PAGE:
It’s all I can do to untangle myself, causing more tears and desperation, as I head to the kitchen to make lunch.  Solomon is sorting and dumping candy, dancing and singing and blowing the whistle from his party bag and the twins are screaming in their highchairs, desperate to make it clear how deeply my absence has wronged them.   

Then I’m yelling, “Stop it” and throwing an apple-peel all the way across the kitchen til it bounces off of one twin and they both sit staring, shocked into silence and my son, that sweet four year old boy, offers to play his whistle to settle them down.  
There are days when being a mother feels like dying a hundred tiny deaths.   A hundred letting-gos, a thousand surrenders to more noise, more movement, more demands than I feel capable of handling. I’m not complaining, I simply want to be honest about the stretch of motherhood and how quickly, how fiercely, I shrink back from it.  
I died a hundred little deaths this morning and will surely die a hundred more before nightfall on this, the day of the dead.  But I know, thank God, that this dying, this surrender, makes me new again.   
I may die a hundred times a day, but I'm just as often made new, reborn in the face of a chubby, gap-toothed grin, a gentle hand seeking mine for reassurance.  Just today I was resurrected by the voice of my son calling cheerfully from the back of the van as we made our way home, “I can’t wait to be old so I can go to the nursing home to live.”
Later in the day as I'm making chili for friends who're coming to trick-or-treat with us, as the twins again stand whining at the gate that divides them from me, my Dad calls with the news that my maternal grandmother has died in the nursing home where she's lived for years now in North Carolina.  
Standing over the stove, stirring the chili, I find myself surprisingly grateful.  Grateful that, athough I couldn't be there with her, I was here, at a nursing home with my son, the very same morning.  I think of my Grandmother's life and the many little and big deaths she endured.  I think of the ways I get so focused on what I'm giving up, that I nearly miss what I have right here, right now in front of me.  It occurs to me that I live such a grace-filled life, full of opportunities for surrender, continually pressing me toward the edge.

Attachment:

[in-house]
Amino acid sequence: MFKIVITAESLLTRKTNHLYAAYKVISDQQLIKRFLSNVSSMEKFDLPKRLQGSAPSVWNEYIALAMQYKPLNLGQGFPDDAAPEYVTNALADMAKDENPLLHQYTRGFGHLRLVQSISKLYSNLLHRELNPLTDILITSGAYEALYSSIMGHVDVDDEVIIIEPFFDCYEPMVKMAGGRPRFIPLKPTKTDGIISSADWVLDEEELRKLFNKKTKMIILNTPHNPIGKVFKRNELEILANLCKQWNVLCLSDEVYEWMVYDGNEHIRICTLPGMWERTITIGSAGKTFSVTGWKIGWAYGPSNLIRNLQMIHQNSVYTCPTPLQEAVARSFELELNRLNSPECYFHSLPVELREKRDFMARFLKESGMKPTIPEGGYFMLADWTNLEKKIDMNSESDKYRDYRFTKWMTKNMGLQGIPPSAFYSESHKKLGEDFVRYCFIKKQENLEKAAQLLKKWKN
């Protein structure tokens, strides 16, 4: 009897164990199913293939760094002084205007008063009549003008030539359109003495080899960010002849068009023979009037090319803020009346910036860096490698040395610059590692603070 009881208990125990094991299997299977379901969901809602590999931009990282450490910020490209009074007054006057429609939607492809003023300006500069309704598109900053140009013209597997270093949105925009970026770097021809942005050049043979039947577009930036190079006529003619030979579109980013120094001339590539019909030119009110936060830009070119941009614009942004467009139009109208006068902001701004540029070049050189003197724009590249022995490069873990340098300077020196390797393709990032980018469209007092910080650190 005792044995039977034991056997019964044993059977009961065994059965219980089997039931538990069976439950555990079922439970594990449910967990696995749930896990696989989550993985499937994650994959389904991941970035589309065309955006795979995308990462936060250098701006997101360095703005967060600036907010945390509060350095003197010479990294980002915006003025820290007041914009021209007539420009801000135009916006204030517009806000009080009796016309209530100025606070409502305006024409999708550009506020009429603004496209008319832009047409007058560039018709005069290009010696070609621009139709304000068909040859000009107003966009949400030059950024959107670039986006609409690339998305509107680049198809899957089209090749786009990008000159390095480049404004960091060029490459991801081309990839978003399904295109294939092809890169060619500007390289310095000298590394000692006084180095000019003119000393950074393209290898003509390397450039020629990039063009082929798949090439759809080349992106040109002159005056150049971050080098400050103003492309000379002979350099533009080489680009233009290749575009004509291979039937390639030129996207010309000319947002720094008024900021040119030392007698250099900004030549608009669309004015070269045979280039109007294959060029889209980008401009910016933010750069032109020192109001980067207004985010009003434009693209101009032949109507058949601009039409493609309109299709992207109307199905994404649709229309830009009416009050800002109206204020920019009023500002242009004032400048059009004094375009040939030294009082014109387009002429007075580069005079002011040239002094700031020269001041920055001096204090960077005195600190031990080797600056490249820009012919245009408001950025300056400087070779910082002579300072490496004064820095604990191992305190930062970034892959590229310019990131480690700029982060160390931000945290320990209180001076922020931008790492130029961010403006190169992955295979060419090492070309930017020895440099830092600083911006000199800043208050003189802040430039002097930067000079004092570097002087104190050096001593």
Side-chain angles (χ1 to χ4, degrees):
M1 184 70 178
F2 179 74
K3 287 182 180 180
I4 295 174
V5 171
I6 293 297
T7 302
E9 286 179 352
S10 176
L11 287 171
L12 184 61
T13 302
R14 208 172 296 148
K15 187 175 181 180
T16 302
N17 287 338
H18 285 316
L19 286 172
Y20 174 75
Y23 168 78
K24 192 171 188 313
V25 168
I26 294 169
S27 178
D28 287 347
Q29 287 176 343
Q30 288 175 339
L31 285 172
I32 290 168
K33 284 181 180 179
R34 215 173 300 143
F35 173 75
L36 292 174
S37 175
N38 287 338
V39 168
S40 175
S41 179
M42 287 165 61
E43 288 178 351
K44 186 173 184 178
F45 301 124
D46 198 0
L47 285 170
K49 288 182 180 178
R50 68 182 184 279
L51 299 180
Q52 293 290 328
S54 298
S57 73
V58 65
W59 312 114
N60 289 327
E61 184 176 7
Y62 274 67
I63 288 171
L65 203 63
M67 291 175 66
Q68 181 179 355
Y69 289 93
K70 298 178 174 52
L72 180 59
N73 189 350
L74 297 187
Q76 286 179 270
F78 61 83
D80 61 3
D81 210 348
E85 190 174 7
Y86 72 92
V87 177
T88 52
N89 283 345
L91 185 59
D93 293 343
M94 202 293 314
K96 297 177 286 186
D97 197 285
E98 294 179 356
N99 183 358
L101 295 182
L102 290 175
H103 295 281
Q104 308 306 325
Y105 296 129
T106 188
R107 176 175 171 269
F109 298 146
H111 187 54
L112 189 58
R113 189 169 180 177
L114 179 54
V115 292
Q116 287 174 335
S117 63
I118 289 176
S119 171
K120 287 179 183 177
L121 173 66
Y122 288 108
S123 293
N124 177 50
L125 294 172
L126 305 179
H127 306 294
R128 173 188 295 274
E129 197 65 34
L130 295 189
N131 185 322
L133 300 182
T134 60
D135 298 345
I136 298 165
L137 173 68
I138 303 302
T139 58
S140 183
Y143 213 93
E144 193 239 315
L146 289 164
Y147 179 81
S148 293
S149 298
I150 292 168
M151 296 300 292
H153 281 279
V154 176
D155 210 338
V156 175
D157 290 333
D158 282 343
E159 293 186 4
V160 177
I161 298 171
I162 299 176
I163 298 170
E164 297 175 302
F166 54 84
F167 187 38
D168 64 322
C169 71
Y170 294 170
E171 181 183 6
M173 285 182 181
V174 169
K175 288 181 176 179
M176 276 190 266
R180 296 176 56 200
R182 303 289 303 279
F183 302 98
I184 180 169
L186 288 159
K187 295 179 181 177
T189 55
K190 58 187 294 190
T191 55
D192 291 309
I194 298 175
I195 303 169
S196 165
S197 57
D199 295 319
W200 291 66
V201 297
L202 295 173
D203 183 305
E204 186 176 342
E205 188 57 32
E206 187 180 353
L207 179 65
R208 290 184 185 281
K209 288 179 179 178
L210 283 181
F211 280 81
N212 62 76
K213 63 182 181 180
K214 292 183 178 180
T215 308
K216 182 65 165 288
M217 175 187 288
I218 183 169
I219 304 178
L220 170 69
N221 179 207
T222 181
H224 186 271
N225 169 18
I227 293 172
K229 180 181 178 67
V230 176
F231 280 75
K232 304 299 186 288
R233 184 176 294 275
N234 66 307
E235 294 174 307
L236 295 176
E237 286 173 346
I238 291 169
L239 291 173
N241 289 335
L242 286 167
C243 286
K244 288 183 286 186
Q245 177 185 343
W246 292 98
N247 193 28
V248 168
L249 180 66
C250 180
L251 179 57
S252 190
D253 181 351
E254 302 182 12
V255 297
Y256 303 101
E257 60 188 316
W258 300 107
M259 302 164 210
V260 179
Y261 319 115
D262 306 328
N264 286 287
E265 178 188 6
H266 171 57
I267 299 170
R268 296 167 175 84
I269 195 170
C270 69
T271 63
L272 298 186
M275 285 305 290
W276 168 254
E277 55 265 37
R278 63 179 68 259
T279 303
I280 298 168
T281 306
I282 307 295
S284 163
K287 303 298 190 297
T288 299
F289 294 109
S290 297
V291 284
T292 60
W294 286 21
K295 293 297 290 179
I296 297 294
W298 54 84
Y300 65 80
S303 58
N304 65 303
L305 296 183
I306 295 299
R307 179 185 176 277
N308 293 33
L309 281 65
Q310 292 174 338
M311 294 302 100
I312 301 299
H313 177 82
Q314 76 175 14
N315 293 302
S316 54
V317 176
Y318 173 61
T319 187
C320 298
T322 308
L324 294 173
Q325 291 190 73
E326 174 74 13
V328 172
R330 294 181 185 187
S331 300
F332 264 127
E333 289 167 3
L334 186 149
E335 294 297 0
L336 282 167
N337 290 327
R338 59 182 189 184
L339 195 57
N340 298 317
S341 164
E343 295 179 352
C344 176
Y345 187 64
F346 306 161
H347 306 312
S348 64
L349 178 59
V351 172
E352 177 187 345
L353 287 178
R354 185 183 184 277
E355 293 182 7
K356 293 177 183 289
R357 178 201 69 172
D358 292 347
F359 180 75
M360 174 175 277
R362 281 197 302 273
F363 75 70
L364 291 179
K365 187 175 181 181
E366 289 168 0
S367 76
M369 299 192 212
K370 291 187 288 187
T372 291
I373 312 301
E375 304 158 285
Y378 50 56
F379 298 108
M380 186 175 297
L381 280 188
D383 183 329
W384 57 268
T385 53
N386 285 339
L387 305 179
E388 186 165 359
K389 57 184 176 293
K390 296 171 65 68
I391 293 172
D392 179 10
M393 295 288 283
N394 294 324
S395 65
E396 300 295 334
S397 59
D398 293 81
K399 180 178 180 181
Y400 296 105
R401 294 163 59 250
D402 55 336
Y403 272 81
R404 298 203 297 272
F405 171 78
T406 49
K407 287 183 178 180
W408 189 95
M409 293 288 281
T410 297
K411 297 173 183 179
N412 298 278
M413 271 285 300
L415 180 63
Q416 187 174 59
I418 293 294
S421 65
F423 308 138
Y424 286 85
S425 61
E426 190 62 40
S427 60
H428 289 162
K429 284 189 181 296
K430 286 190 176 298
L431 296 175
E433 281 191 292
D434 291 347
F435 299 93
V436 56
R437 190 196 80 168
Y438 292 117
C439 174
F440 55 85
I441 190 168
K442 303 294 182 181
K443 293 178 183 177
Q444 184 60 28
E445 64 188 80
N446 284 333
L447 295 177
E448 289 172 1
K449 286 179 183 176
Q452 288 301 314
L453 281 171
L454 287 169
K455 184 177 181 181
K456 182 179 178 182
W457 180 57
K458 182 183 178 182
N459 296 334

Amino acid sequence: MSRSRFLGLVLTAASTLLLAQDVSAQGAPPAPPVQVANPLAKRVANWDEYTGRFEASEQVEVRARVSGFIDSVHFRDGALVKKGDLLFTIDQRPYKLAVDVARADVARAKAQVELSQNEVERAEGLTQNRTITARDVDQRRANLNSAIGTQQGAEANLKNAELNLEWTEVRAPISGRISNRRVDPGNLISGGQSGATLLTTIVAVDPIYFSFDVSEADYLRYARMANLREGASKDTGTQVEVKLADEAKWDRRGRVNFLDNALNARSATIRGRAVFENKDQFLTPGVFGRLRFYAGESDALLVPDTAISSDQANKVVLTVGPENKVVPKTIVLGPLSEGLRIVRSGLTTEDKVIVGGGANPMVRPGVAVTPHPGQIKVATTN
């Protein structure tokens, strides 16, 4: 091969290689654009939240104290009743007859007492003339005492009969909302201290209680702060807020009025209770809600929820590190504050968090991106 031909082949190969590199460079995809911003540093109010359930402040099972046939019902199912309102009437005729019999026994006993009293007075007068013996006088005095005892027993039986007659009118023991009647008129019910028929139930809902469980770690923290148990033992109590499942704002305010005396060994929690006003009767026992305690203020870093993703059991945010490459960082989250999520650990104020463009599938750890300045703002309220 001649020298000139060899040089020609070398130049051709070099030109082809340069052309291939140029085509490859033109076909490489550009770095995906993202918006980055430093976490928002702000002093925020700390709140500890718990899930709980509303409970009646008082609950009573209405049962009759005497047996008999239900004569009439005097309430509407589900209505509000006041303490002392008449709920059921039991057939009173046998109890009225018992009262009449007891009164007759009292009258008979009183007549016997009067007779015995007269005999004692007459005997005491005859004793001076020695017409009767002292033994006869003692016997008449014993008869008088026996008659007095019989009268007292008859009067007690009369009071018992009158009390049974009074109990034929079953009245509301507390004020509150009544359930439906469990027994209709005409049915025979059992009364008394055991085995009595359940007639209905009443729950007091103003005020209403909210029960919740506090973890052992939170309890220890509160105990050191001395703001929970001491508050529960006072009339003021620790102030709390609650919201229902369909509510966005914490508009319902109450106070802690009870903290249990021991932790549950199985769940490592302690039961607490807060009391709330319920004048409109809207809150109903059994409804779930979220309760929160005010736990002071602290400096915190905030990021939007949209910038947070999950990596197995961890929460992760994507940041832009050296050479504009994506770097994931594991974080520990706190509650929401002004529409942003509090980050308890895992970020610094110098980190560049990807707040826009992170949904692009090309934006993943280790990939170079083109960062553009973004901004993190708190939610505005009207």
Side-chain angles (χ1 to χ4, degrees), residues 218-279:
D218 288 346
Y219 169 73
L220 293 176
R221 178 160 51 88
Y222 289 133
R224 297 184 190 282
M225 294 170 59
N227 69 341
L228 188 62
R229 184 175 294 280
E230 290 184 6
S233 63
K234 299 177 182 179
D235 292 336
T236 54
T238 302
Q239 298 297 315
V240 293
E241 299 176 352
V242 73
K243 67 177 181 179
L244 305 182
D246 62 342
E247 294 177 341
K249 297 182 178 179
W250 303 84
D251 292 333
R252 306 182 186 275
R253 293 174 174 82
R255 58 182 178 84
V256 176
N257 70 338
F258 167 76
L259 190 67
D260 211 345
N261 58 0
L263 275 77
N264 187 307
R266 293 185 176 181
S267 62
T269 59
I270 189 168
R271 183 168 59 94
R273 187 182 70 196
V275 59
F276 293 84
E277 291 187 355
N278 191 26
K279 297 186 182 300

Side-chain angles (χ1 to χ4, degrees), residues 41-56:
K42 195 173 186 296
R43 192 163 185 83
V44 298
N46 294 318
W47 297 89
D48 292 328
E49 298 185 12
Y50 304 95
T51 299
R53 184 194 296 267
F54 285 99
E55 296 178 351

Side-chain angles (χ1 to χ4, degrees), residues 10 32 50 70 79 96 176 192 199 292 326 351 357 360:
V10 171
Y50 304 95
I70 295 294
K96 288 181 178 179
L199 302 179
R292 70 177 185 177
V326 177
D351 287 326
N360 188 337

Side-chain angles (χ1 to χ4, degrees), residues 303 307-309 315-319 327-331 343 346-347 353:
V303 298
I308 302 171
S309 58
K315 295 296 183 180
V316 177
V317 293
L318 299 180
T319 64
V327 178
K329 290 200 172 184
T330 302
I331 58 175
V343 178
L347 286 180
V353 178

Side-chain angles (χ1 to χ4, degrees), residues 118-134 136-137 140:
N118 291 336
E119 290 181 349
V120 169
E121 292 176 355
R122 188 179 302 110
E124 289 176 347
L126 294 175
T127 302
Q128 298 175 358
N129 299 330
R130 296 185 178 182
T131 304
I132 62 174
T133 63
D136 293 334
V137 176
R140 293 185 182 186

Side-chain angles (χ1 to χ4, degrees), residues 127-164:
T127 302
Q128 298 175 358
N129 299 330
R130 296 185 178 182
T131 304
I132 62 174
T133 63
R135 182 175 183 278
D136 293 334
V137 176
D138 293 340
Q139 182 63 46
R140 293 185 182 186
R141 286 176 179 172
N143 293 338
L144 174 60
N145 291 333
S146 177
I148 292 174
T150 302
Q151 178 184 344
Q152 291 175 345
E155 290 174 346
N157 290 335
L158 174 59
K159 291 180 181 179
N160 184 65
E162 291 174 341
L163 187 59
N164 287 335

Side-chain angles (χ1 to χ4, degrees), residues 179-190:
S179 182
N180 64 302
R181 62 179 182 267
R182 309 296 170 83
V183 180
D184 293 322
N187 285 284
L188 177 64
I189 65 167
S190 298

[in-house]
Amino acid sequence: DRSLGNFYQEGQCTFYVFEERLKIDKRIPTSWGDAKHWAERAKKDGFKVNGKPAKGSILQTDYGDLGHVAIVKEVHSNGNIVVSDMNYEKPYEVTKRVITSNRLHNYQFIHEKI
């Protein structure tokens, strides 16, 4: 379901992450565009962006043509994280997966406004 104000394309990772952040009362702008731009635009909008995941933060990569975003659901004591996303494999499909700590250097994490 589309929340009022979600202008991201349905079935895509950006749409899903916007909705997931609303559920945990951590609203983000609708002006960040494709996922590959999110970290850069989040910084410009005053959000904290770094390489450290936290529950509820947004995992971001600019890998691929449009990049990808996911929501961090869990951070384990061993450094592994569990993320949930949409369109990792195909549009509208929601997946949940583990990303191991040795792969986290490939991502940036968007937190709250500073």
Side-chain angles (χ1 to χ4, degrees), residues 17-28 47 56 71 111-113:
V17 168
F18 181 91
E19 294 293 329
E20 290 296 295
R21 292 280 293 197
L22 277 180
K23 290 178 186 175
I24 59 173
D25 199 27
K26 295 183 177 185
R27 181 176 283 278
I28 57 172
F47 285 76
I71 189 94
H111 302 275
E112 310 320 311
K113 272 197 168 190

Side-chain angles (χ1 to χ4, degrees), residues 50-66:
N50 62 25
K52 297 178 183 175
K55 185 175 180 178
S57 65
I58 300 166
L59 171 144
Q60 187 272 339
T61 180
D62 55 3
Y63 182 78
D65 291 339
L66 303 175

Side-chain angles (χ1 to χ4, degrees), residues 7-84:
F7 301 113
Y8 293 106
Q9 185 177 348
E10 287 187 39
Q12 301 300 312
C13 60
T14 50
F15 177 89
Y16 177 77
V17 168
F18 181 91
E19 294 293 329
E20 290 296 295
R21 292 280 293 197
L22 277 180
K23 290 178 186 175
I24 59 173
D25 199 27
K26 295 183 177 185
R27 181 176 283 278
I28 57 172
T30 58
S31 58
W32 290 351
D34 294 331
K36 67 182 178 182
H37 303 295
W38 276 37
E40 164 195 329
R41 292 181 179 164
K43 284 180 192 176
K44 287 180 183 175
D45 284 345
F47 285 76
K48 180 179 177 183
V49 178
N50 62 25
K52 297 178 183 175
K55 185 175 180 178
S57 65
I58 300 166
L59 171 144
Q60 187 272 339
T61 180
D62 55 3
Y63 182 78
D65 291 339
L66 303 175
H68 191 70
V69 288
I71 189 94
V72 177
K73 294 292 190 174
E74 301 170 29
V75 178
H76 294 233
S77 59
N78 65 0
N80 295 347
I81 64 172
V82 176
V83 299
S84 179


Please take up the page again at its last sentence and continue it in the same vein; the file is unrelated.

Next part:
Dinner is finished, the kids and husband are home and the poor older twin, who just can't pull himself together, sits crying on the floor.  I scoop him up and settle in the rocker and watch as he drifts into a heavy sleep.  I love the moment - the rocking, the sleeping child so sweet.  
Then he lifts his head and looks around, disoriented, before throwing up all over both of us.  Leaning forward, exhausted, he lays his head back on my chest with that pile of warm, smelly goo spread like a layer of glue between us.  I died again in that moment and rose again to hug him tight until my husband came to help us both get cleaned up.  
Every day of the dead, every Halloween, gives way to all saints day and I wonder if we too, dying in our little and big ways, aren't also being moved, continually, from death to new life.  This dying is a surrender, a stripping bare by letting-go until all that remains is love.  
 This is the whole gang this year.  Aren't I a lucky Mama?!

The Night Will Hold You

(This picture was taken by my husband - the night sky over the corn field 
across the street from us - isn't he amazing?) 

When the grief you carry 
wears your face into a thousand 
heavy lines, when the sadness 
feels like a knife splitting 
your very body in two, 
night will come at last. 

With the children tucked safe 
in their beds, you will stand 
in the doorway of your own